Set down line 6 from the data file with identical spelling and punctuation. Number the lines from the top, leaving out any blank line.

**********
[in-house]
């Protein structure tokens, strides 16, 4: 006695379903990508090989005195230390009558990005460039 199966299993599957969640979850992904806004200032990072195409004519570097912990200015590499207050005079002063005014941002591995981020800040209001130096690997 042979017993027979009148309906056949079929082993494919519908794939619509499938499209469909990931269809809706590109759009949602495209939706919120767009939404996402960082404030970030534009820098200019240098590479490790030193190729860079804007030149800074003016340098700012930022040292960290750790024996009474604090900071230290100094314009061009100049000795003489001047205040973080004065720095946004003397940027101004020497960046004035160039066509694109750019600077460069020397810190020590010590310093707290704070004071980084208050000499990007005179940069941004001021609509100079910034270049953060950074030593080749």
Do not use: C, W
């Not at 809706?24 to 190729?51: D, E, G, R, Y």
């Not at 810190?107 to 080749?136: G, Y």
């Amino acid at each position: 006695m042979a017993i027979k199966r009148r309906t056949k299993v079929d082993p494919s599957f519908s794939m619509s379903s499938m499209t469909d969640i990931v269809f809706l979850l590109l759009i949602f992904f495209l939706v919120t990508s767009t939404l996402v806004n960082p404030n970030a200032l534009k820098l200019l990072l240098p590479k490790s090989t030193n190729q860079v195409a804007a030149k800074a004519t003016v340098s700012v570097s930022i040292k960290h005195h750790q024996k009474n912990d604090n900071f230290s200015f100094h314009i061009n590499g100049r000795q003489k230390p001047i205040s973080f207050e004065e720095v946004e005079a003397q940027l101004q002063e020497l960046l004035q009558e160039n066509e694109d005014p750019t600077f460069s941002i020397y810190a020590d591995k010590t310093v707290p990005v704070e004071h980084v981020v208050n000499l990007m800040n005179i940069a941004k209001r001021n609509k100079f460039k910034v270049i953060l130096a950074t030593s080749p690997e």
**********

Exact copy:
């Amino acid at each position: 006695m042979a017993i027979k199966r009148r309906t056949k299993v079929d082993p494919s599957f519908s794939m619509s379903s499938m499209t469909d969640i990931v269809f809706l979850l590109l759009i949602f992904f495209l939706v919120t990508s767009t939404l996402v806004n960082p404030n970030a200032l534009k820098l200019l990072l240098p590479k490790s090989t030193n190729q860079v195409a804007a030149k800074a004519t003016v340098s700012v570097s930022i040292k960290h005195h750790q024996k009474n912990d604090n900071f230290s200015f100094h314009i061009n590499g100049r000795q003489k230390p001047i205040s973080f207050e004065e720095v946004e005079a003397q940027l101004q002063e020497l960046l004035q009558e160039n066509e694109d005014p750019t600077f460069s941002i020397y810190a020590d591995k010590t310093v707290p990005v704070e004071h980084v981020v208050n000499l990007m800040n005179i940069a941004k209001r001021n609509k100079f460039k910034v270049i953060l130096a950074t030593s080749p690997e």